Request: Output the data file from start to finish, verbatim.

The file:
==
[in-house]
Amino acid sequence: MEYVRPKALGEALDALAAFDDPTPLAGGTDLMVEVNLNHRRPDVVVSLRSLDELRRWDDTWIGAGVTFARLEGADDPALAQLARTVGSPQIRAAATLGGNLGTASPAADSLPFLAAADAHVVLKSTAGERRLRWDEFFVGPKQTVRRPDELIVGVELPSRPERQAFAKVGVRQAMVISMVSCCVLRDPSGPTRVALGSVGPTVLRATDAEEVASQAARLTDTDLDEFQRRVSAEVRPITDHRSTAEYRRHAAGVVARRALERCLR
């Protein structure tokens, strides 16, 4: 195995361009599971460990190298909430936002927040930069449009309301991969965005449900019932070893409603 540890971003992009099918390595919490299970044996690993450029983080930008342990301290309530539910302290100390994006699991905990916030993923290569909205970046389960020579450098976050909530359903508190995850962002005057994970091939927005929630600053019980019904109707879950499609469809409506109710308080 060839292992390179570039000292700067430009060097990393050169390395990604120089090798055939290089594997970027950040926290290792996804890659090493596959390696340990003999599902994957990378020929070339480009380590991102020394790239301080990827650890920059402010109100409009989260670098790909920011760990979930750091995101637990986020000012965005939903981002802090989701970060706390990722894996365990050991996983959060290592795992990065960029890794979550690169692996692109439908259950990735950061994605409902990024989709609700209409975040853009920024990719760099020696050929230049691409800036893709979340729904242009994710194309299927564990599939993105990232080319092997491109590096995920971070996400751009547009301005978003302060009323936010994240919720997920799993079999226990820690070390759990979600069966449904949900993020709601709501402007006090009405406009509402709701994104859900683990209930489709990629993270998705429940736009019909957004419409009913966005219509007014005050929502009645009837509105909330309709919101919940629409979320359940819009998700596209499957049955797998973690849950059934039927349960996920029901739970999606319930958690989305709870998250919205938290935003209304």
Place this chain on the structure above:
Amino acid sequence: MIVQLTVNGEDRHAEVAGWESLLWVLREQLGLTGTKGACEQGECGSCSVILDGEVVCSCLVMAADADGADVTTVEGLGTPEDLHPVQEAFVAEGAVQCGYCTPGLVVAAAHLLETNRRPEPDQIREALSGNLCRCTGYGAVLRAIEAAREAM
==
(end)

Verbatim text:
[in-house]
Amino acid sequence: MEYVRPKALGEALDALAAFDDPTPLAGGTDLMVEVNLNHRRPDVVVSLRSLDELRRWDDTWIGAGVTFARLEGADDPALAQLARTVGSPQIRAAATLGGNLGTASPAADSLPFLAAADAHVVLKSTAGERRLRWDEFFVGPKQTVRRPDELIVGVELPSRPERQAFAKVGVRQAMVISMVSCCVLRDPSGPTRVALGSVGPTVLRATDAEEVASQAARLTDTDLDEFQRRVSAEVRPITDHRSTAEYRRHAAGVVARRALERCLR
């Protein structure tokens, strides 16, 4: 195995361009599971460990190298909430936002927040930069449009309301991969965005449900019932070893409603 540890971003992009099918390595919490299970044996690993450029983080930008342990301290309530539910302290100390994006699991905990916030993923290569909205970046389960020579450098976050909530359903508190995850962002005057994970091939927005929630600053019980019904109707879950499609469809409506109710308080 060839292992390179570039000292700067430009060097990393050169390395990604120089090798055939290089594997970027950040926290290792996804890659090493596959390696340990003999599902994957990378020929070339480009380590991102020394790239301080990827650890920059402010109100409009989260670098790909920011760990979930750091995101637990986020000012965005939903981002802090989701970060706390990722894996365990050991996983959060290592795992990065960029890794979550690169692996692109439908259950990735950061994605409902990024989709609700209409975040853009920024990719760099020696050929230049691409800036893709979340729904242009994710194309299927564990599939993105990232080319092997491109590096995920971070996400751009547009301005978003302060009323936010994240919720997920799993079999226990820690070390759990979600069966449904949900993020709601709501402007006090009405406009509402709701994104859900683990209930489709990629993270998705429940736009019909957004419409009913966005219509007014005050929502009645009837509105909330309709919101919940629409979320359940819009998700596209499957049955797998973690849950059934039927349960996920029901739970999606319930958690989305709870998250919205938290935003209304």
Place this chain on the structure above:
Amino acid sequence: MIVQLTVNGEDRHAEVAGWESLLWVLREQLGLTGTKGACEQGECGSCSVILDGEVVCSCLVMAADADGADVTTVEGLGTPEDLHPVQEAFVAEGAVQCGYCTPGLVVAAAHLLETNRRPEPDQIREALSGNLCRCTGYGAVLRAIEAAREAM